Alas, for as many of the useful forms Dracula introduces, it also bequeaths to us some of the more annoying horror tropes. You ever find yourself watching a horror movie, beholding some incredibly asinine decision by the main character, and then yelling at the screen, begging him not to go down to the basement or up to the attic or into the woods alone? Well, these movies are firmly in Dracula’s company. For even in the opening section, of which I spoke so highly, these tendencies are evident. Though Dracula has dark designs on Harker, for a time he is under the count’s protection against other evils; thus he warns Harker not to enter into places in his castle forbidden to him. So what does he do? Bored one night, he wanders. “The Count’s warning came into my mind,” Jonathan admits, “But I took a pleasure in disobeying it.” Promptly he lands himself in a situation somehow worse than merely being Dracula’s prisoner. In a later part of the book, as Van Helsing leads a desperate effort to keep Lucy from turning, he finds his plans stupidly thwarted by the ignorant charity of others, ultimately leading to Lucy’s demise. Lamenting this turn of events, Van Helsing cries out: “Oh, how we are beset! How are all the powers of the devils against us!” No, Van Helsing — you’re just in a horror movie.
Other flaws of Dracula are rooted in its time. Epistolary in structure, the novel’s narrative proceeds mostly by hopping from one journal of a main character to another. As a result, those characters without journal entries not only tend to lack much definition, but also the nature of the story seems warped by its method of conveyance. Much of its proceedings revolve around one character reading another’s journals, or writing his own. And because the epistolary format denies a sense of immediacy — by definition, it is hard to write about something while it is happening to you, so virtually all of what we hear is after the fact — this method both reduces suspense and strains credulity. Jonathan, for example, while in the final throes of his struggle to escape the count, apparently spent valuable time frantically providing a well-written account to us of what he was doing up to the moment he attempted an egress. That this is one instance where suspense is maintained does not excuse the weirdness of this presentation elsewhere, and points to another defect of the novel: It is not all that scary.
Nor does it excuse some of the more unbearably Victorian attributes of the novel. Forget the various characters constantly fainting or suffering from brain fevers, and accept the benefits of the Victorian style — it is the women, particularly Mina Harker, who suffer the most in this regard. Throughout the second half of the novel, the men who take it upon themselves to slay Dracula constantly vacillate as to the level of involvement Mina should have in their plot, here wishing to protect her delicate constitution, there worrying that she might be made vulnerable in their absence (which does in fact happen). It is maddening almost the point of unintentional hilarity. Even those, such as myself, who try to remain circumspect when apprehending the mores of fictional representations of other societies, cannot help but notice the Victorian self-own this depiction constitutes.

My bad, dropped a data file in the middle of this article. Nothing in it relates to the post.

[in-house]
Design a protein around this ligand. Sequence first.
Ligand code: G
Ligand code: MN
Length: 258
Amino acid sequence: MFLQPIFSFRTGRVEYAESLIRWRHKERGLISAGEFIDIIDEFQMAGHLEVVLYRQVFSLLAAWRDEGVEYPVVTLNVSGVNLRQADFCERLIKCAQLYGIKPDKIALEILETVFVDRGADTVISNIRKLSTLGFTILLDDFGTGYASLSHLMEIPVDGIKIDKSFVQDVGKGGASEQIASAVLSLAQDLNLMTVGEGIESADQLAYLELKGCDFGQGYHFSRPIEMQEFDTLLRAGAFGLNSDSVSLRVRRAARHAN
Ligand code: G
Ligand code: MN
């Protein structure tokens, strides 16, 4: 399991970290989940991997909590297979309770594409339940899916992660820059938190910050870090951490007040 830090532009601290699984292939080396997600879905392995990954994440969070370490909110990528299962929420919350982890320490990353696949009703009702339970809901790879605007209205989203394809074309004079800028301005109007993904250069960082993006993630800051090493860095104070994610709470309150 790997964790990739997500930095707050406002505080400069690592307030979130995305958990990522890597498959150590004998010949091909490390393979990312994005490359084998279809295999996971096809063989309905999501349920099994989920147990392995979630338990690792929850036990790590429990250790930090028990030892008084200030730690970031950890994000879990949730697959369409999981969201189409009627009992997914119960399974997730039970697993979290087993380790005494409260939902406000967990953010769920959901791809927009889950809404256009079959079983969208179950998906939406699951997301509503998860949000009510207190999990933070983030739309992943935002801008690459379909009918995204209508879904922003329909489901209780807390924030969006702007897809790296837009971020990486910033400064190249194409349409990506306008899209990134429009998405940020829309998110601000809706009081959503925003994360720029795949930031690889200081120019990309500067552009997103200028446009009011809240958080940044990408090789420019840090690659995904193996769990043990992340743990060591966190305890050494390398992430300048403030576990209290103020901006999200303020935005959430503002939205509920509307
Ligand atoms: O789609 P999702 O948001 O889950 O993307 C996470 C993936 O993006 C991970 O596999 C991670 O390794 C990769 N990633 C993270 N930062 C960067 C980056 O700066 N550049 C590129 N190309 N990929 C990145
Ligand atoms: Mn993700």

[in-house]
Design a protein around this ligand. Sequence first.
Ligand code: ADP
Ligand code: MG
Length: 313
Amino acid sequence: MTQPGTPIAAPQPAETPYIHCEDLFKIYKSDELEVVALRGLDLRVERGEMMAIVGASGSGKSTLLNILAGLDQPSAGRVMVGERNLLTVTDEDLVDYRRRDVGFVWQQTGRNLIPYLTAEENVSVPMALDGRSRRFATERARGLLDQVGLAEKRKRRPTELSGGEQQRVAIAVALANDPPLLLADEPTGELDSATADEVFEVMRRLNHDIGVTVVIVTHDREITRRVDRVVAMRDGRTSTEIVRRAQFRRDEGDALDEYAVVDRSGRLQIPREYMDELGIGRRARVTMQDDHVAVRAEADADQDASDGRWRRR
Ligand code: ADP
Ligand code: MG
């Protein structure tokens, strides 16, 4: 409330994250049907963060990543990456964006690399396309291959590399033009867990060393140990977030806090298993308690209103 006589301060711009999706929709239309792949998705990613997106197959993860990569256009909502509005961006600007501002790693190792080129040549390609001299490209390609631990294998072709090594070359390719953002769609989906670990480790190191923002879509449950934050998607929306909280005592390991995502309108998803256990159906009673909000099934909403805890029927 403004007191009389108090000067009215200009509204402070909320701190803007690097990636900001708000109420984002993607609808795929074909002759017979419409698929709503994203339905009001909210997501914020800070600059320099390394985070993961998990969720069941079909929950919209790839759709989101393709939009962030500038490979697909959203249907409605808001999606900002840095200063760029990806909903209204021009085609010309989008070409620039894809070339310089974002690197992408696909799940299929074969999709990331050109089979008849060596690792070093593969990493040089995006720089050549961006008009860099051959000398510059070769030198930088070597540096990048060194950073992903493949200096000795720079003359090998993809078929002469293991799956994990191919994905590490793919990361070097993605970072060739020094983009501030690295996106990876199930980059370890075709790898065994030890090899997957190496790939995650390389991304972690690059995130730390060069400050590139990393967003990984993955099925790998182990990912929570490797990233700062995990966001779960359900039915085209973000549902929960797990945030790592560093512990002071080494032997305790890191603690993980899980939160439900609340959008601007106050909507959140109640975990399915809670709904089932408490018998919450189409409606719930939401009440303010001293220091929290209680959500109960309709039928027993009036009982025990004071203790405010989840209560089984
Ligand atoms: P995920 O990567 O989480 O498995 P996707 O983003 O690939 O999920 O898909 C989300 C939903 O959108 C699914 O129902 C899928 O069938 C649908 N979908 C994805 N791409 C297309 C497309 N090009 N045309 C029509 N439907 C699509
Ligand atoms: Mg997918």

It is for this reason that other vampire fiction has, in some ways, outdone Dracula. They do it in part by standardizing or refining some of the things Stoker left unclear or that seemed problematic for story construction: e.g., that, in Dracula, the title character can walk about during the day, but only in human form, whereas at night his powers seem almost unstoppably immense (he can teleport and control the weather and foul beasts, among other things). Or that the first vampire bite is not necessarily the sign of doom — it is possible to undo the curse. They also simply expand upon Stoker’s imagination, such as by realistically depicting a truly mass vampirism only hinted at in Dracula. Stephen King does this and many other things in his modern Dracula update Salem’s Lot (1975) (my Halloween read last year). King’s climactic showdown with his Dracula, Kurt Barlow, also runs circles around the almost anti-climax of Dracula.
Yet vampire fiction still owes much to Bram Stoker. For in addition to supplying much of the raw material from which later efforts were fashioned, Dracula provided the redeeming moral barometer by which vampire fiction ought to be judged. The vampiric aversion to Christian iconography hints at it, but simply stated, it is that Dracula resides in a clearly moral universe. Its heroes act on the side of good — and God — whereas Dracula and his minions are clearly diabolical. Subsequent vampire fiction, by emphasizing some aspects born in Dracula and downplaying others, often muddy this distinction. But this is a mistake. As frightening as these gothic horror tales are, many of them can, do, and ought to point to the reality of good implied by their depiction of evil. That Dracula does this, and did it well, is to its credit. And may well prove that Dracula remains immortal — even as we fervently pray that Dracula himself does not.